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Teens And Young Adults Are More Likely To Vape After Seeing E-Cigarette Ads, UT Study Finds

The unregulated marketing of e-cigarettes is increasing the number of young people who vape, according to a new study from researchers at UT Austin. 

The study, published in Pediatrics, followed 2,288 teens (ages 12-17) and 2,423 young adults (ages 18-29) in Texas who had never vaped in 2014. Researchers found those who remembered seeing e-cigarette marketing on TV or in retail stores were much more likely to start vaping two and a half years later. 

Teens were twice as likely to use e-cigarettes after seeing ads, while young adults were 1.3 times as likely. Researchers say the results held even after controlling for the effects of peer pressure and the use of other tobacco products. 

Marketing and advertising for e-cigarettes is currently not regulated by the federal government. 

Last fall, the Food and Drug Administration issued warning letters to more than 1,300 retailers and five manufacturers related to the sale and marketing of e-cigarettes to kids, saying vaping had reached "an epidemic proportion."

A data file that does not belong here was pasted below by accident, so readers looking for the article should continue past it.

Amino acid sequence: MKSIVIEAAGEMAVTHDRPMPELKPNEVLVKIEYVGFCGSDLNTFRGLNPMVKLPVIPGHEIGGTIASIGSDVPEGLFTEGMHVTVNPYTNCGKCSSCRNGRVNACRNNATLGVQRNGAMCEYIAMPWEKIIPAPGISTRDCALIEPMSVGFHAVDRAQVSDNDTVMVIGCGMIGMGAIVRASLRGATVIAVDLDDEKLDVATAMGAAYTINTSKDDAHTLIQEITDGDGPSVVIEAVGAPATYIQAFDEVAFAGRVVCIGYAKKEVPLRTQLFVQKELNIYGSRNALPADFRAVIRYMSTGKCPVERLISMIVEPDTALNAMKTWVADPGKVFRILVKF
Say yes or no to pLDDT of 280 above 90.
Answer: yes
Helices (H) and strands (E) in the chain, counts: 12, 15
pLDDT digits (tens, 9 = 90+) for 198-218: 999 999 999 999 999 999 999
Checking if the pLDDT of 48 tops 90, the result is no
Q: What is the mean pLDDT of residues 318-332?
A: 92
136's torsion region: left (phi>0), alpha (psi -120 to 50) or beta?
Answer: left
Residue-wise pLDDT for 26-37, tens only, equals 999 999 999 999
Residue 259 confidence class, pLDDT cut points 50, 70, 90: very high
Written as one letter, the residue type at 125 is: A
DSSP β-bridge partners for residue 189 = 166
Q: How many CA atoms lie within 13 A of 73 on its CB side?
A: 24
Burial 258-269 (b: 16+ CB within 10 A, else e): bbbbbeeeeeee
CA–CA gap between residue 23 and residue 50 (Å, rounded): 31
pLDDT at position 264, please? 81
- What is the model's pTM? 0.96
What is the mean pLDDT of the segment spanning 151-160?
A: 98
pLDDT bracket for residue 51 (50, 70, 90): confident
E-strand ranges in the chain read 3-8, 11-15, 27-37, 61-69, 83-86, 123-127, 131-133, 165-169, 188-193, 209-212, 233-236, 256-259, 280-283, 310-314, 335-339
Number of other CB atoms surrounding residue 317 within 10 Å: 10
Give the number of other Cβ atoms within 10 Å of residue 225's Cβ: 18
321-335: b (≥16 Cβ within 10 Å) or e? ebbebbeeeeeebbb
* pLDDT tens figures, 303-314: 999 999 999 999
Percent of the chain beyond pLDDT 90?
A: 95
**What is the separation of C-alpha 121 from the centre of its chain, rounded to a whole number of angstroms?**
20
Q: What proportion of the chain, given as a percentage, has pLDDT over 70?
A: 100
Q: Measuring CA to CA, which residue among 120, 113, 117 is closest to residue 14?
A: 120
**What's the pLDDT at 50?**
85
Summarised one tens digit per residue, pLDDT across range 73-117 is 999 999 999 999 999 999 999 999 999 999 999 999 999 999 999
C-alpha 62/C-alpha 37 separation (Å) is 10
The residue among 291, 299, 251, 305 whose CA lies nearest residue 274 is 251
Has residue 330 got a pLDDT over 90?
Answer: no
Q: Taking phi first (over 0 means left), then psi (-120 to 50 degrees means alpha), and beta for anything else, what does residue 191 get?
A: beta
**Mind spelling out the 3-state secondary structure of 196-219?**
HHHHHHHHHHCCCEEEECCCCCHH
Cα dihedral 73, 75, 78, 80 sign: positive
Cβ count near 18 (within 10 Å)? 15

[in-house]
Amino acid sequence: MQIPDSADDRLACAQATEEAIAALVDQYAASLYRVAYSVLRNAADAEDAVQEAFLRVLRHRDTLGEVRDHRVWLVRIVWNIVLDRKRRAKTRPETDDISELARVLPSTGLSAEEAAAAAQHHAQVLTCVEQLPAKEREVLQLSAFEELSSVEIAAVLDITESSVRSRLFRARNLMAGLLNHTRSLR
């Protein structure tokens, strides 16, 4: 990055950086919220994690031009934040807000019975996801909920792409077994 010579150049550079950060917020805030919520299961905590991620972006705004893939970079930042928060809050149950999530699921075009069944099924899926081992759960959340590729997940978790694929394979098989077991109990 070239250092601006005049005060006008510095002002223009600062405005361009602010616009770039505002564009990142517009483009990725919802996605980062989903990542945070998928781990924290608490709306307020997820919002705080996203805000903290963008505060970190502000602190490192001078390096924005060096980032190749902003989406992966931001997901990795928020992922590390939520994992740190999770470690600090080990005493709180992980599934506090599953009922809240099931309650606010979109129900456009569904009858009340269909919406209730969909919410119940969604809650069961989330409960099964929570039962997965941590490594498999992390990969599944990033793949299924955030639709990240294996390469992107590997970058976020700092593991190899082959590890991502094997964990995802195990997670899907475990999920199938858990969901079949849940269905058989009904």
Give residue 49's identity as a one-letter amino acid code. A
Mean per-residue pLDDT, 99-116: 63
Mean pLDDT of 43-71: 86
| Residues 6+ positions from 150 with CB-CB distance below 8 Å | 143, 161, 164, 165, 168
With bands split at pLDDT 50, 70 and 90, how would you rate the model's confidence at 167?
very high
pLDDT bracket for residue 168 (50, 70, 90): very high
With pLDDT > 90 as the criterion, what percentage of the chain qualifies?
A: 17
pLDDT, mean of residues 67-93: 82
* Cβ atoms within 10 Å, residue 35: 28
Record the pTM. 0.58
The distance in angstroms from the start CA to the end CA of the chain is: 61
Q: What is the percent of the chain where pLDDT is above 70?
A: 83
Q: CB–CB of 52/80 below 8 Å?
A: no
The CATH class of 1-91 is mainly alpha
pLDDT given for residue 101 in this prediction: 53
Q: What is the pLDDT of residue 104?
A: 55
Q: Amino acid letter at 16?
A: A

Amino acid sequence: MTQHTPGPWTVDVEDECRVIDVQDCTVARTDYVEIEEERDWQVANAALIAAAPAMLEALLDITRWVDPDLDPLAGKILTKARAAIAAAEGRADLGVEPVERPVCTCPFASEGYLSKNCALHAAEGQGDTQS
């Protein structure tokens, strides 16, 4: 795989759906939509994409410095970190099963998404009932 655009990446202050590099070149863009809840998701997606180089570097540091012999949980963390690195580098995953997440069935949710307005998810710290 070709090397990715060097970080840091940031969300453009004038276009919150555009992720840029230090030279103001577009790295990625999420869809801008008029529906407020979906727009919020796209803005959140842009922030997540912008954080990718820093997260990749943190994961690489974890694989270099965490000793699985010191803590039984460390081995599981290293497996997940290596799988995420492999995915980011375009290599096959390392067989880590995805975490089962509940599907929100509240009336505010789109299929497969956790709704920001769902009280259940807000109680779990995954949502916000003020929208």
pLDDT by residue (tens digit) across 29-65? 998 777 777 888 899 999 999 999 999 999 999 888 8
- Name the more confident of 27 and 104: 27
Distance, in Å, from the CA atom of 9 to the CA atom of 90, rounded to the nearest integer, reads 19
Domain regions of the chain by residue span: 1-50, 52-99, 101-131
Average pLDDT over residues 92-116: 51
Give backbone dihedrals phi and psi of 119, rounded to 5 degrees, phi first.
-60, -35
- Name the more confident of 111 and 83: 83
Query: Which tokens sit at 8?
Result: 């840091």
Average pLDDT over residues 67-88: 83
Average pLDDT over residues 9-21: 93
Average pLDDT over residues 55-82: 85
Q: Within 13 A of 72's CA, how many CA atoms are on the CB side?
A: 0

E-cigarettes surpassed real cigarettes in 2014 as the most popular tobacco product among teens and young adults. Nearly 5% of middle-schoolers and just over 20% of high schoolers report that they vape. 

The first death related to e-cigarettes was reported last week in Illinois. An unidentified adult died after developing a severe pulmonary illness linked to vaping, according to public health officials. The Centers for Disease Control and Prevention reports the number of vaping-related pulmonary illnesses rose to 193 in 22 states. 

North Carolina announced Tuesday that it is suing eight e-cigarette companies, alleging they "aggressively" target children and are "helping to fuel an epidemic of vaping among high school and middle school students." 

Nadia Hamdan is a local news anchor and host for NPR's "Morning Edition" on KUT.
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